Katrina A Patton
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By Katrina Patton
The Tower is a new twist on a classic fairytale. In it, Prince Pepin finds himself imprisoned by his father, King Cornelius. The king was a mean and cruel man, who only cared about Pepin and treated everyone else with hatred. His decision to lock his son in the secluded tower located in the forest came from his jealousy and the desire to protect his only child. Although the king made Pepin’s life in the tower quite comfortable, he felt rather lonely living all by himself. His loneliness would be overcome when he met Marilyn. This unlikely savior was forced to move to one of the poorest villages in the kingdom as a child and leave her forest home behind. Through it all, she never forgot her love of the forest. Her memories of her childhood would fatefully bring her back to the forest. . .
“Marilyn!” The maiden shook herself out of her daydream. “Will you never pay attention? There are clothes to be washed and chores to be done and what is my daughter doing? Daydreaming about nonsense!”
“I’m very sorry mother.” Marilyn said, trying to keep the anger out of her voice, her eyes downcast at the floor. “I will try not to daydream anymore.” She returned to the tedious work at hand, thinking bitterly of the good-for-nothing monarchs that ruled over them. “What do they do that’s so important anyway? I bet all the money in the world that I could do their job better than they are. Why do we need them anyway? They don’t do anything to help us. They’re all a bunch of slimy swamp scum! Especially the-” Marilyn stopped, realizing that she was talking rather loudly.
Her mother stopped scrubbing at a dirt stain and stared at Marilyn. “How can you say such things about you the king and his family? There shall be no supper for you now. Finish your chores!”
Marilyn did as she was told. She washed and hung the remainder of the clothing, then moved onto the task of baking bread for supper, which she would no longer be able to eat. When she had finally finished her work, she made up her mind about what she would do next. She decided that going to the forest would be the best idea because she had loved it there ever since she was a little girl.
“I certainly hope getting away from here will make me feel better. I can’t stand much more of this peasant life!” She ripped off her apron and began to make her way to the forest, her mother calling angrily after her.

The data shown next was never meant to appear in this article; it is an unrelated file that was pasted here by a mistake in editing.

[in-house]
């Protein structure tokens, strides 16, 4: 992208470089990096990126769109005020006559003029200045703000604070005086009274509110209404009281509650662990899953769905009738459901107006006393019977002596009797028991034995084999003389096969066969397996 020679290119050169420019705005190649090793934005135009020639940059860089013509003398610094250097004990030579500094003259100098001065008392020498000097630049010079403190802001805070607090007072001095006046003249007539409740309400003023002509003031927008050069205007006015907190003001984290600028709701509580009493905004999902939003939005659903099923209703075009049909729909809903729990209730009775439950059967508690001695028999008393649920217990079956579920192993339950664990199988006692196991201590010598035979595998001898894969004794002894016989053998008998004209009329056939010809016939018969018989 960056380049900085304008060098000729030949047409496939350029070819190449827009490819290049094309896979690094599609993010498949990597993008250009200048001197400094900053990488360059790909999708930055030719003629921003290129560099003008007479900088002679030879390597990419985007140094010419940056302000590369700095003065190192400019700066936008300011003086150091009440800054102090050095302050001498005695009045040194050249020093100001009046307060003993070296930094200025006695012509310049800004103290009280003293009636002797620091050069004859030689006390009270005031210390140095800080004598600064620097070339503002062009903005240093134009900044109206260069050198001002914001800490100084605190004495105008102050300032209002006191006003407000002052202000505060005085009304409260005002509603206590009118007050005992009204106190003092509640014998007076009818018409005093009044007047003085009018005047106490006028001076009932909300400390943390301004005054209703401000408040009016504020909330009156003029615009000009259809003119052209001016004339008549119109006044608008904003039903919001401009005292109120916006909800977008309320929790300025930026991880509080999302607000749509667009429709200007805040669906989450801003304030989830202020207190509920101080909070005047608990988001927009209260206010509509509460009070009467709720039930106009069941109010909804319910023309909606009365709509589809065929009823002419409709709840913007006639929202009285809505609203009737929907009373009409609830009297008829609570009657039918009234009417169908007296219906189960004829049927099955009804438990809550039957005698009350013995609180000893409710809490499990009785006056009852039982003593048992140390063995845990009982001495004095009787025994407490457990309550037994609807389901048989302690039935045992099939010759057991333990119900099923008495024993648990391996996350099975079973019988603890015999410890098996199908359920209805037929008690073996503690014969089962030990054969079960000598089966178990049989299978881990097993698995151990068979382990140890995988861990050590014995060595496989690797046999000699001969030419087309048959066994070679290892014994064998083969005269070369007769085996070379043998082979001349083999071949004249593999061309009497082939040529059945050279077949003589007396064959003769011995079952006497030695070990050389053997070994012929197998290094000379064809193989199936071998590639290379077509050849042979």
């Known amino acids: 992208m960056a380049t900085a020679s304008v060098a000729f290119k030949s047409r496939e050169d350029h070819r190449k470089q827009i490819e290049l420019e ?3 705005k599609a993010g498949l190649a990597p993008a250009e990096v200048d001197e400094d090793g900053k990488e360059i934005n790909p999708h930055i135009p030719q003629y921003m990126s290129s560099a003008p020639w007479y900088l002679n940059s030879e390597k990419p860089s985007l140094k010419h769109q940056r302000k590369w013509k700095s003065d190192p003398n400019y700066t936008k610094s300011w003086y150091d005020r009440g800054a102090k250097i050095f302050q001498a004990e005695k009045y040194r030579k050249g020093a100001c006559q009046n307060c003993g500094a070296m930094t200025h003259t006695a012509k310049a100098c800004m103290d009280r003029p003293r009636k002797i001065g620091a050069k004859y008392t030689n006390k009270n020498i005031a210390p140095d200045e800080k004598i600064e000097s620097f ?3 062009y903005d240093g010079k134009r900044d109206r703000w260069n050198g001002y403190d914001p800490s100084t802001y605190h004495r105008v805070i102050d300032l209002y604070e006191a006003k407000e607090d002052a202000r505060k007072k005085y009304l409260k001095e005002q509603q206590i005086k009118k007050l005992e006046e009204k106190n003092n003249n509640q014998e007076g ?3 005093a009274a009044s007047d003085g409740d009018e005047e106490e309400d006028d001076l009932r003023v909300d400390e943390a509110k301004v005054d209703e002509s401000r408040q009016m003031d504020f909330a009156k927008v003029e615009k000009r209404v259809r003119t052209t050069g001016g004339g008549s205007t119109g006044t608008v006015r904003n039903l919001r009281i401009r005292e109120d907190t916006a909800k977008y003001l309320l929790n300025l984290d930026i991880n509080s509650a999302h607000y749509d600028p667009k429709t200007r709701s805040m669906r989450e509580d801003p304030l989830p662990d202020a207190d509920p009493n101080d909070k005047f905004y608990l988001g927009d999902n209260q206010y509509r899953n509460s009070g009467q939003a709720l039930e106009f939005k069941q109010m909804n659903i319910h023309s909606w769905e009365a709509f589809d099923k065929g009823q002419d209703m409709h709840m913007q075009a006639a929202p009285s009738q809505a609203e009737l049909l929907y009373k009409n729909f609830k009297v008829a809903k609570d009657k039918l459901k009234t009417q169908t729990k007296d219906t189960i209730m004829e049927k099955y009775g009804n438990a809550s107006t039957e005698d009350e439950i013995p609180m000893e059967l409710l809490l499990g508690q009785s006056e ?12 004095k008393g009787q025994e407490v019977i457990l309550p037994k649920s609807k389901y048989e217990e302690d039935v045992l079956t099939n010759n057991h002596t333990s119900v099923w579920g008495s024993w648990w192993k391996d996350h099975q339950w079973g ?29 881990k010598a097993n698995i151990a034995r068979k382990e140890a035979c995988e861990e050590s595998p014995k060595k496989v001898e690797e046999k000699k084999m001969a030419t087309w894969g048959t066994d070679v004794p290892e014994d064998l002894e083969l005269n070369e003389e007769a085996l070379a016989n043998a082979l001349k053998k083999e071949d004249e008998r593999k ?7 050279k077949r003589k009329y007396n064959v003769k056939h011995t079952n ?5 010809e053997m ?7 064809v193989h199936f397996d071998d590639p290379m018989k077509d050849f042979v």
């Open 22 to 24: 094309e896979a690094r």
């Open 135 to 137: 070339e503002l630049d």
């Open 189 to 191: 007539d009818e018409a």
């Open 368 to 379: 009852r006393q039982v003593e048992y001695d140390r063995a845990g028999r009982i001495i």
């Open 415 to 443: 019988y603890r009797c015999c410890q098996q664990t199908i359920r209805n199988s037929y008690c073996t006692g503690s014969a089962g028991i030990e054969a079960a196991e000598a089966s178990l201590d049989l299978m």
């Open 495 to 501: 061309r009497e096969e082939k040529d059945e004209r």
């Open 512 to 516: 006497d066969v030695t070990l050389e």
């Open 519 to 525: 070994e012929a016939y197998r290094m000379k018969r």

“Marilyn! Where are you going? There are more chores to do! You had better return before supper starts!”
Marilyn ignored her mother and rushed on faster. She ran through the market, past merchants selling their usual products. The marketplace was always full on Sundays. She almost ran into a stand selling tiny figures of dragons. She apologized quickly and continued running along the path that led to the forest.
Marilyn reached the forest just as the sun reached its zenith in the sky above her. She stepped into the shelter of the trees, feeling calmer already. Small bands of golden sunlight shone through the branches of tall oaks and beautiful pines. Marilyn walked on quietly, enjoying for the first time in what seemed like forever, the peace and harmony of taking a walk through the woods.
She stepped carefully along the path. It hadn’t been used much. The king told stories of dragons and monsters in the woods. These however, were only stories. He told the townspeople this to keep them away from the tower. Marilyn tried, vainly, to convince them that he was lying but it never worked. Just when she was getting a few of them to believe, her mother would scold her in front of everyone and the townspeople would assume that she was making stories up, after all, most young girls made up stories. Why would Marilyn be any different?
She had always known the real reason why the king kept the townspeople away. She had not just heard rumors, though there were a few here and there that got close to the truth. She knew the whole story, and was one of the few who did. How could she not know when she herself, was partially involved in the whole situation?
She was the small girl Pepin had seen. It was her house that was destroyed to make that retched tower and that was where she would be going today. She had only returned once to the tower since she and her mother had been forced to live in the village. She would have come sooner but her mother forbade her. This was why she could never return here to see the tower, this and the fact that the king threatened them when they left the forest that day. If they ever returned to see the tower, they would be put to death. Of course, this was an empty threat because she knew the king would never kill her for going to see the tower, or at least, she hoped that he wouldn’t.
The day she turned five was the day the king had decided to tear down her house. They had a wonderful life before the king had come. Her mother hadn’t had to work. Her father had been a woodsman before he died, and he earned a lot of money chopping down a few trees now and then to make necessities for people. He never wasted any of the wood he cut. Everything was used, which also helped Marilyn’s mother later. After he died, she continued to gather only the things they needed. Marilyn missed her father dearly but even life in their small house after his death was better than the one she had now.
She had lived with her mother in their two-room house. They ate food from the forest and her mother, being a very smart lady, taught Marilyn how to read and write by the age of five. It was when Marilyn was searching for her present around the house; her mother hid them every year, when they got a knock on the door and their lives changed forever.
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